Health Issues Side Effects of using Headphones and Earphones

Matthew Modine By Matthew Modine, 6th Jan 2018 | Follow this author | RSS Feed
Posted in Wikinut>Health>General Health>Public Health

Headphones and earphones are part of the modern world and of our everyday life. Some of us don’t go anywhere without them!

Health Issues

You can use them everywhere: while running, at the gym, if you want to kill some time at the bus or train station, while doing housework/homework, if your speakers are broken, even in your car. But, as every gadget that people use nowadays, there are also drawbacks of using headphones, and I will enlist them below.

Most of the people, like me, who use earphones on daily basis, are not that aware of the downsides. Most of them are greater than I thought. But first things first, what kind of earphones should we choose?I personally prefer noise-cancelling earphones, but some people indicate that the bigger old school style earphones are actually better, because the harm that they cause is less, and because earphones add 9dB to the volume; also music can sometimes be distorted when we add to the volume if the quality of the earphones is not good. The doctors recommend bigger headphones, so that you can enjoy your music at lower volumes, but as long as you don’t pump up the volume too much, you can also use earphones, I believe it’s a matter of choice. Also, to be on the safe side, we should apply the so-called “60/60” rule, meaning that we should listen to our music for an hour and at 60% of the maximum output of our device. If the time exceeds 60 minutes, you should lower the volume proportionally. And if you don’t hear anything around you, you play your music too loud, and you should turn the volume down. And, of course, we should take a short break every now and again, so that our ears can rest. Moderation is everything, please keep that in mind!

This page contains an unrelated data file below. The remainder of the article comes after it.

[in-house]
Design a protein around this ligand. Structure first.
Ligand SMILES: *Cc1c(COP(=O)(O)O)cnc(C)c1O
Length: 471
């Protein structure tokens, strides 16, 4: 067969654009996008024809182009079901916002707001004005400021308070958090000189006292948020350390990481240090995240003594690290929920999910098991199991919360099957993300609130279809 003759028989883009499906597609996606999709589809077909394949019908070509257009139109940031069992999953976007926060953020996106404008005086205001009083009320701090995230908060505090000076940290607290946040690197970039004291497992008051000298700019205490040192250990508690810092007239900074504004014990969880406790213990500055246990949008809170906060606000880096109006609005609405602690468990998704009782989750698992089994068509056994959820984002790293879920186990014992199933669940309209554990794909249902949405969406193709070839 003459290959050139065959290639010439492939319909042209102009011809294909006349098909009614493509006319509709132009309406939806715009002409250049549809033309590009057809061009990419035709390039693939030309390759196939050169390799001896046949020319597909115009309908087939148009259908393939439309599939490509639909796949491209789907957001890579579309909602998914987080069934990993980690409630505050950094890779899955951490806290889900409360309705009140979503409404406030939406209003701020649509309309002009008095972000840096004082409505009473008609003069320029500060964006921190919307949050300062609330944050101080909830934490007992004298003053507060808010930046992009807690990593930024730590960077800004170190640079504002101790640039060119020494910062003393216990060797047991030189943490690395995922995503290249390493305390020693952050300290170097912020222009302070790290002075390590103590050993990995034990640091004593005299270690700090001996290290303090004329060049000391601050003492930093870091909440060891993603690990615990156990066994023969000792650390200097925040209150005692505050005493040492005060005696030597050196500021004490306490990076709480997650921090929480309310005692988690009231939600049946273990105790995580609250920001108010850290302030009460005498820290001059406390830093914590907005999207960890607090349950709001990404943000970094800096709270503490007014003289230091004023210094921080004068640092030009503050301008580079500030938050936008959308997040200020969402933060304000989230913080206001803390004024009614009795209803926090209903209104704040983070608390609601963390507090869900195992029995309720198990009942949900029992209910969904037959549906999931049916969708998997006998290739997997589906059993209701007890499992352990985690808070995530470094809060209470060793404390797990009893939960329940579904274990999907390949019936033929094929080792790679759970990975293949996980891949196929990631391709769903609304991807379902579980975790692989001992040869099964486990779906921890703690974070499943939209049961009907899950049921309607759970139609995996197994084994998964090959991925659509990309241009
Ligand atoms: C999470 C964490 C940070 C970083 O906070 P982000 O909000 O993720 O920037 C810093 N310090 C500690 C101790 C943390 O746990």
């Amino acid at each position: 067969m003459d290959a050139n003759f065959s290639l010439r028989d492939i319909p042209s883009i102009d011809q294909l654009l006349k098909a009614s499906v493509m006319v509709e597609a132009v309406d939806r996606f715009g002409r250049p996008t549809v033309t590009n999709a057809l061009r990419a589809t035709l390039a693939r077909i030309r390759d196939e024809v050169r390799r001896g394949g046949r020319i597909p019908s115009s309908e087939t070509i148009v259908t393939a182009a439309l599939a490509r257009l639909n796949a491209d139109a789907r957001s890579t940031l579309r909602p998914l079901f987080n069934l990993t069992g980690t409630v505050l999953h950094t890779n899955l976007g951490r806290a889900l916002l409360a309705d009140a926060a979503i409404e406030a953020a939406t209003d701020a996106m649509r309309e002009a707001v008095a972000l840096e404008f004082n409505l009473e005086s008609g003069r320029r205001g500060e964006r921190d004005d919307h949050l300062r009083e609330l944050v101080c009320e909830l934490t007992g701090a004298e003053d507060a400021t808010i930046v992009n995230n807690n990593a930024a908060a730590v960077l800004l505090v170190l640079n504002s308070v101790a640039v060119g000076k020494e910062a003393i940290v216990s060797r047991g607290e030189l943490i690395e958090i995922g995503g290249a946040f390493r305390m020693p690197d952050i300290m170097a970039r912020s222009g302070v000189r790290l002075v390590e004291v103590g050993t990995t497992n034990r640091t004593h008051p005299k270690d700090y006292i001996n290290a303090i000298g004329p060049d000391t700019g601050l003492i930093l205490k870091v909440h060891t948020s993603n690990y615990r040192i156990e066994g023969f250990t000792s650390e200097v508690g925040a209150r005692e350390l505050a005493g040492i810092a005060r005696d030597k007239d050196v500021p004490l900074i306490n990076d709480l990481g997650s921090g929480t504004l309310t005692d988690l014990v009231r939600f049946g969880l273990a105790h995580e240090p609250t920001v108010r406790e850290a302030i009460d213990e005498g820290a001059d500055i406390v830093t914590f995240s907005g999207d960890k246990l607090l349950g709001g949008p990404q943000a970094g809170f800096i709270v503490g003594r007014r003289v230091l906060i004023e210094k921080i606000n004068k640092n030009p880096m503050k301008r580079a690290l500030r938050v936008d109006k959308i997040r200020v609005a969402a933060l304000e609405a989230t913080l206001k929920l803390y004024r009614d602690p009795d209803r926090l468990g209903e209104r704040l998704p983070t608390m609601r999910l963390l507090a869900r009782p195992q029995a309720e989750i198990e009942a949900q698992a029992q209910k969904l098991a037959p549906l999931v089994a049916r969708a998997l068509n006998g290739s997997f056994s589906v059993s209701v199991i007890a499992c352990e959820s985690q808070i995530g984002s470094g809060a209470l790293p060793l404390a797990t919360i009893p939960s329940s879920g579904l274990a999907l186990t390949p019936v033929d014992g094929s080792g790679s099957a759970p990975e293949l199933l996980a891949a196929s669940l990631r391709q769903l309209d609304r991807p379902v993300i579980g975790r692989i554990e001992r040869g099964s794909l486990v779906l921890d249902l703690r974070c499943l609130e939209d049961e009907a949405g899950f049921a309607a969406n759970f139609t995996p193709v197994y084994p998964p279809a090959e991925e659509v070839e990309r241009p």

But, as I said,downsides are greater than we expect. The first and foremost, the hearing loss due to the noise our ears are exposed. We are surrounded by different noises all the time, it’s a part of life, but we should do what we can to minimize additional impairment of our hearing apparatus. According to the studies conducted, 16% of children (1 out of 5 teens) and 15% of adults in America suffered from some kind of hearing loss due to exposure to loud noises (30% more than in ‘80s and ‘90s).

A noise is considered to be loud if it is above 90dB. For example, a whisper is 30dB, subway train 90dB, gunshot 100 dB and jet plane is 140dB)(most of today’s MP3/iPod/Android devices can produce sounds up to 120 dB).

I will now enlist some loudness/time facts:

At 95 dB, damage will occur after four hours of exposure per day
At 100 dB, damage will occur after two hours of exposure per day
At 105 dB, damage will occur after one hour of exposure per day
At 110 dB, damage will occur after 30 minutes of exposure per day
At 115 dB, damage will occur after 15 minutes of exposure per day
At 120-plus dB, damage occurs almost immediately.